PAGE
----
Miranjit Khapur, a brick maker in the slums of Nagpur, surprised friends and family by giving up the security of a stable 16-hour-a-day job, a standpipe within an hour’s walk, and two sheets of corrugated iron over his head to go on ‘a spiritual journey’ up and down the A roads of Britain with all of his belongings on his back.
‘It was the crass materialism of India that got me down,’ says Khapur. ‘On every street corner, it seemed, there was a poster urging you to buy something, often featuring a young model with a bare midriff and toes sticking out all over the place. I know it’s a cliché, but yes, I came here to find myself in that mystically evocative land of middle England, which is why I am currently crashing at a Premier Inn in Stevenage.’
Like many from the Indian sub-continent, Khapur struggled to adapt to Britain in the first few weeks. ‘The conspicuous wealth was shocking, of course, but sadly in the end you just screen it out. But on the plus side, the temples are so old and atmospheric, unlike the gaudy concrete dens of noise at home and the British are not nearly as rubbish at cricket as I had been led to believe. The conditions they make people put up with on the railways is frankly beyond the pale, mind.’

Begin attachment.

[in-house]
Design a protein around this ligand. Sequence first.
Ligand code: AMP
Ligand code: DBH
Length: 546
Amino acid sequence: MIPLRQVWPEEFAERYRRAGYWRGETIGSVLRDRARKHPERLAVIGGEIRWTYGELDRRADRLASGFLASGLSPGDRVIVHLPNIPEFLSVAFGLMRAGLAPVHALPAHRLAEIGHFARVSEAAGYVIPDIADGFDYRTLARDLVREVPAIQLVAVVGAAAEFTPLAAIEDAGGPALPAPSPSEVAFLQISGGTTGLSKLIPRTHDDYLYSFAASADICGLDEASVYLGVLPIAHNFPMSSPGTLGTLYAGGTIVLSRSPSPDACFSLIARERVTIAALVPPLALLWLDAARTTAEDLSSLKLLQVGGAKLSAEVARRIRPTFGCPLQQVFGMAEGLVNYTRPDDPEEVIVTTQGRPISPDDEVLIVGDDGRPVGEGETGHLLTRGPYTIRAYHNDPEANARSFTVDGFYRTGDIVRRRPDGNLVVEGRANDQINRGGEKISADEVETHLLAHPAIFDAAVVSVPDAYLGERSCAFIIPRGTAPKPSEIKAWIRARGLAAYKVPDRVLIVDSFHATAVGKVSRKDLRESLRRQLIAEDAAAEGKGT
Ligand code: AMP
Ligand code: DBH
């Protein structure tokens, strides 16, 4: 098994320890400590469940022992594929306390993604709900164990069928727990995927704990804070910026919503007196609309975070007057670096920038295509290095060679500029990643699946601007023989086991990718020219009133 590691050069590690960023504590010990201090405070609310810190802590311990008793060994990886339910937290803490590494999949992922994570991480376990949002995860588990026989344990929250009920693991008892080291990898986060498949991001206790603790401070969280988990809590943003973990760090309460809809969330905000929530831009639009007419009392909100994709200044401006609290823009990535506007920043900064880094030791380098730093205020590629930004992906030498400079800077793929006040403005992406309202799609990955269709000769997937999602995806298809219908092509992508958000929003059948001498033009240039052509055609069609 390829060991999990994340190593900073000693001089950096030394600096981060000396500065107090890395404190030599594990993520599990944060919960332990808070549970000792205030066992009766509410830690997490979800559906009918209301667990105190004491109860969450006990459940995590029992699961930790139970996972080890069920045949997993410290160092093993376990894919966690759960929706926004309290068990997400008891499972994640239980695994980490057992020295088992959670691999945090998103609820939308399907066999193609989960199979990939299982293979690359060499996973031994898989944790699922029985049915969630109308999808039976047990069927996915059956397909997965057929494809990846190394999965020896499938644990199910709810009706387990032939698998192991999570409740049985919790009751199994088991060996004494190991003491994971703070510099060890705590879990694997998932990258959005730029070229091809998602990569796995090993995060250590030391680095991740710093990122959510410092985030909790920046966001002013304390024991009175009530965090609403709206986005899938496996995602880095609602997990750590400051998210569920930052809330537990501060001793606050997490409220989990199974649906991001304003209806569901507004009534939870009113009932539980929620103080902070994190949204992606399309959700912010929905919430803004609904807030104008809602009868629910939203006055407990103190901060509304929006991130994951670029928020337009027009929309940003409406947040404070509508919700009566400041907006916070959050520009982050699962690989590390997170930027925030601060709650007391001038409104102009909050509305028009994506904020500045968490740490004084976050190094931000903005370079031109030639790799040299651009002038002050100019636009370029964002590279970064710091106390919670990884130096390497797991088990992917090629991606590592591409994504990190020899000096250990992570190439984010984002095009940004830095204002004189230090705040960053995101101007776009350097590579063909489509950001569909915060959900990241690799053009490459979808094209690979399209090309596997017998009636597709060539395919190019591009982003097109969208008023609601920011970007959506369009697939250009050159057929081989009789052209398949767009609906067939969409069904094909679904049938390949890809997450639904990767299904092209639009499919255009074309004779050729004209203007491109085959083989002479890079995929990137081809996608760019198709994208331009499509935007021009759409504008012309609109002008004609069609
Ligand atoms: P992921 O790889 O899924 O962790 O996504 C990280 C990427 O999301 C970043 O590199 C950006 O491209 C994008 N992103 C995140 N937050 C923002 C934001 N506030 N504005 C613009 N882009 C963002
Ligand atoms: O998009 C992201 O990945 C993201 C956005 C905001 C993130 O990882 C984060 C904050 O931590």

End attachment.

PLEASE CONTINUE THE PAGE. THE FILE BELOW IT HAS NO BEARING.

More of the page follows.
With his visa about to run out, Khapur is hoping to extend his stay. Rather than take the easy route of teaching Gujarati to evening classes of council outreach workers, he hopes to do some voluntary work among the dispossessed street kids of Stevenage, many of whom aren’t even allowed a plasma screen TV in their bedrooms.
‘I miss India sometimes, but I feel that my spiritual destiny is here in Hertfordshire. These poor, deprived people need me,’ he says. ‘Mind you, some of their customs really are hard to take on board. Do you know when they come back from Disneyland, they don’t even have to use cows’ piss and shit to purify themselves? How weird is that?’